Guyton Georgia Confederate Cemetery was established to bury the dead from the Guyton Confederate Hospital, including 26 unknown soldiers who had died of illness during the Civil War. Most died of chronic dysentery, pneumonia, typhoid and yellow fever.
Contagious diseases ran rampant in those days. Soldiers in war and training were subjected to crowded, cramped quarters and damp environments often in tents, if that lucky. Many were inadequately clothed for the cold in the northern campaigns.
By the time they arrived ill by train, some were too sick to identify themselves and thus with no one to claim their body, were buried in the cemetery.
In early 1862, the Confederate government established a general hospital at Guyton. About three miles north of the hospital, a training camp for soldiers named “Camp Davis” was established. One of the main reasons the hospital was established here was the railroad, which was the principal means of transportation of war support materials and soldiers who were ill or injured. They brought the sick and wounded soldiers south to places which were safer.
Many who arrived in Guyton had become ill suddenly. The wounded whose condition forbade further travel were treated there. A second medical site near Springfield was established known as Springfield Convalescent Camp to handle those who were no longer acutely ill but not ready to return to duty.
The hospital in Guyton operated for two years and seven months and was located on nine acres of land in what was then known as the town of Whitesville (now Guyton). It was bound on the side by the Central Railroad (now Highway 17) from Claudette’s Bed and Breakfast to the former Thompson’s Hardware.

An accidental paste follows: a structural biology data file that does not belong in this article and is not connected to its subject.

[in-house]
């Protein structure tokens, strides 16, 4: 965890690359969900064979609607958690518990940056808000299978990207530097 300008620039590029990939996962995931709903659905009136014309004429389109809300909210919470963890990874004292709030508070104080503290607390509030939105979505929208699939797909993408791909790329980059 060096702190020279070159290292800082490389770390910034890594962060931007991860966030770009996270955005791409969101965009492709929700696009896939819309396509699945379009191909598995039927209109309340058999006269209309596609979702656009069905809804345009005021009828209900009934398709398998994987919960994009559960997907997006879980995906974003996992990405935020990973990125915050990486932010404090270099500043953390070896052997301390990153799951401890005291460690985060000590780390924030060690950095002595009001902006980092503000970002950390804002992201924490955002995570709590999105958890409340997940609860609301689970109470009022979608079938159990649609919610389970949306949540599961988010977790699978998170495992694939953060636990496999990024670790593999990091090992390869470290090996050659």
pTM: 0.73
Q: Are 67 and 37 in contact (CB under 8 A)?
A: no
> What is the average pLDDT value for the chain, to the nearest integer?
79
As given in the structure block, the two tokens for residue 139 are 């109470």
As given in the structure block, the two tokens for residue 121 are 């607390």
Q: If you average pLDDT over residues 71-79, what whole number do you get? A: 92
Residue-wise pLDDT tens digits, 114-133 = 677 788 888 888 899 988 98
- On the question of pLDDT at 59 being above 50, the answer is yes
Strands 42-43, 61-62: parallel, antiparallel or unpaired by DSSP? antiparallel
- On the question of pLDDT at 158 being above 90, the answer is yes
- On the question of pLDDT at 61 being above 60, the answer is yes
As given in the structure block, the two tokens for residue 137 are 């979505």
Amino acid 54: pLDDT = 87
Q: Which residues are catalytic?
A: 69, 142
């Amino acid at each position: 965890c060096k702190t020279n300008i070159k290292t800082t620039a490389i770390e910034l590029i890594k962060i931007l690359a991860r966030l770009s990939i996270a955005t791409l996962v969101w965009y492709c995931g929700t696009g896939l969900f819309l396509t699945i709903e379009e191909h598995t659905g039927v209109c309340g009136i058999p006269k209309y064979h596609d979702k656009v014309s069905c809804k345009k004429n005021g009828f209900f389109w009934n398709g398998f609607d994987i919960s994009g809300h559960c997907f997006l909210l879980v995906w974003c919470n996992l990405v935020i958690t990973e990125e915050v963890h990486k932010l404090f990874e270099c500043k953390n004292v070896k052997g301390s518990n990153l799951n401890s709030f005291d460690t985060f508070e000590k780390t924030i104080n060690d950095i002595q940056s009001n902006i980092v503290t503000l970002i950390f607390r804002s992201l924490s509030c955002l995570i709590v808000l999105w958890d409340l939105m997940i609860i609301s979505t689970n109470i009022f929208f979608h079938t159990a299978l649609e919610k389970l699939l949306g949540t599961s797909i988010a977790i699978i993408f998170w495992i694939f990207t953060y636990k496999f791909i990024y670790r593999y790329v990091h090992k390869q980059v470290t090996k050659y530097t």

The hospital grounds were located from the present-day Lynn Bonds Avenue down to Pine Street and up to the present-day Highway 119. There was a total of 96 staff including surgeons who worked there with no more than 67 employed at one time. Bed numbers rose with as many as 219 permanent beds there in May 1863.
Permanent buildings were erected on this site including wards for patients, offices, kitchens, mess halls, barracks, stables and storage buildings. When the hospital was full, patients were housed in several private residences and the Guyton Methodist Church.
According to research of Norman Turner, there could have been thousands treated there, some only there for such a brief time that they never showed up on muster rolls. Many were examined and shipped over to Springfield Convalescent Camp or moved there as they recovered.
The Springfield Convalescent Camp (also known as Camp Wilson for Dr. W.W. Wilson, who contracted with the Confederate government to work there in July 1862) showed 107 patients in records of July 1862 and as many as 630 patients and staff in October 1862. The camp was located in the vicinity of the Effingham County Prison and the Sheriff’s Office and Jail. It closed sometime in early 1863.
The Guyton Confederate Cemetery is part of Guyton Cemetery, designated by a bricked border. A monument to the men who died in the Guyton Confederate Hospital stands guard over the crosses of the 26 unknown soldiers interred there.
Somewhere through the years, the top of the monument disappeared. The United Daughters of the Confederacy Effingham County Hussars Chapter No. 2285 has undertaken a restoration of the monument. The new top of the monument will be unveiled April 27, 2014 at 4:30 p.m. in their annual Confederate Memorial Day Service. There will be a 21-gun salute to the unknown soldiers by the Sons of the Confederate Veterans. The public is cordially invited to attend the event and reception under the majestic oaks.
The information above came from conversation with local historian Norman Turner and information he has published in historical pamphlets found in Effingham Museum. This was written by Susan Exley of Historic Effingham Society. If you have photos, comments or information to share, contact her at 754-6681 or at email@example.com.